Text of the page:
The Ancient Library

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Alkyone and Keux, a royal pair who called themselves Zeus and Hera.

Alkyone, wife of Meleager. (The Meleagrides were guinea fowl.)

Alkyoneus in one story is the seducer of Koronis.

Merops, Aerops

Meropis, the old name for Kos, Merope that of Siphnos. (It- is interesting to note /xepovn-o for " birds " in the speech of modern Syra. Bent, Cydades, p. 325.)

Merops, king of Kos, metamorphosed into an eagle. His descendants were opponents of the Olympian gods (Anton. Lib. xv.). According to Paton and Hicks, p. 361 foil., he is a sun-god.

Merops, the Ethiopian, has Klymene to wife and Phaethon is his son.

Merope is the Okeanid mother of Phaethon by Klymenos, or daughter of Helios and sister of Phaethon.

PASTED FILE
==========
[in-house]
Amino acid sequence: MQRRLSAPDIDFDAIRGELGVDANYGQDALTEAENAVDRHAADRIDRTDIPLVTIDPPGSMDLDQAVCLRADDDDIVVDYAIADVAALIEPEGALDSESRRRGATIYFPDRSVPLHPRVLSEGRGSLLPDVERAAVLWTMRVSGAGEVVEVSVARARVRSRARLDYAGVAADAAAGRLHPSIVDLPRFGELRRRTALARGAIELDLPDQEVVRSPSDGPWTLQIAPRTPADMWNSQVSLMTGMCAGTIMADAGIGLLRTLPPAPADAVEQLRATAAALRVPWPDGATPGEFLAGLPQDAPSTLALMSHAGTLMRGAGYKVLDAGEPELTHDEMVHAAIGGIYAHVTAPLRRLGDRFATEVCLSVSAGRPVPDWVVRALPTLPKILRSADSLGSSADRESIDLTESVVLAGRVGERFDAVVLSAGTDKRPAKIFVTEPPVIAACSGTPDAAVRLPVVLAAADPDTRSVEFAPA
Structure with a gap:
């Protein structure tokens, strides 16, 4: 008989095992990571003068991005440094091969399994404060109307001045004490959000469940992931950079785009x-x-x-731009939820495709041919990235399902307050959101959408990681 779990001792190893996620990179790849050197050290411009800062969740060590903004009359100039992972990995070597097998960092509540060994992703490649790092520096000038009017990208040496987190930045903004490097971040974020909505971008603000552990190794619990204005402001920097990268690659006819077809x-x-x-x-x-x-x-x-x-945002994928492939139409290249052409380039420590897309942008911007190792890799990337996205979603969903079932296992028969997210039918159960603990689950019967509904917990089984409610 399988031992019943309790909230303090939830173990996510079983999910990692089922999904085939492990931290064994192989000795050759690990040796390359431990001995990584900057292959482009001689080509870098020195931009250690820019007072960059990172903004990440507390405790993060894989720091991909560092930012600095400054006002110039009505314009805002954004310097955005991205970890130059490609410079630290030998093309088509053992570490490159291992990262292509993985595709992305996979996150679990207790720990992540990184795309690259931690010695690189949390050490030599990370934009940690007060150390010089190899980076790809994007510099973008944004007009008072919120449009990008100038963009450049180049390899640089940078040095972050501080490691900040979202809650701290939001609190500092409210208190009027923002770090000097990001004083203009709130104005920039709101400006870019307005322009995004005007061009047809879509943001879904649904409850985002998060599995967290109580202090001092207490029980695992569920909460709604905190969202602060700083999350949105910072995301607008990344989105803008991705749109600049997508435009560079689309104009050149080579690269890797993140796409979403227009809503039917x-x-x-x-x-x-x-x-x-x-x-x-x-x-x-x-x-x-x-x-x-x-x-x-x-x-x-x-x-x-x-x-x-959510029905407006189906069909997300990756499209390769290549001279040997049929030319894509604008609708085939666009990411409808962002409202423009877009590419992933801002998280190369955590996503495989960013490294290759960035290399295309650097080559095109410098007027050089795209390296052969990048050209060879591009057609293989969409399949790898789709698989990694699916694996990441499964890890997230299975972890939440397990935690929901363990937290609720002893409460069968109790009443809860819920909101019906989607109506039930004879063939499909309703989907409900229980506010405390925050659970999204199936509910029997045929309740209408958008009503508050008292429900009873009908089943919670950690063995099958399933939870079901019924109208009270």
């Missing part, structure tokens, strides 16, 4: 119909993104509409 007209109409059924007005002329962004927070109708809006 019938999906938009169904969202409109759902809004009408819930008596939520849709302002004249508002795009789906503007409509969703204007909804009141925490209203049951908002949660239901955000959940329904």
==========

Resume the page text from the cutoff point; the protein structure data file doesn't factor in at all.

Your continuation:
Merope, Pleiad, wife of Sisyphos and mother of Glaukos.

Merops of Perkote, a king mantis, father of Amphios and Adrastos, Kleite and Arisbe. Arisbe marries Priam and has a son Aisakos (according to Fick and Bechtel, p. 418, a tree or bird name) who marries Asterope or Hesperia, the daughter of Merope, and was subsequently turned into a bird.

Merope, wife of Megareus and mother of Hippomenes.

Merope, daughter of Arkadian Kypselos.

Merope, Aedon, and Kleothera, the three daughters of Pandareos who stole the golden dog (a sun mascot). In another version Merope is the mother of Pandareos.

Merops, son of Hyas, figures in a Flood Myth.

Merope or Aerope, daughter or wife of Oinopion, who was also called Stork.

Aerope, daughter of Katreus (possibly a bird name, see Hesychius, s.v.), who was son of Minos. One of her

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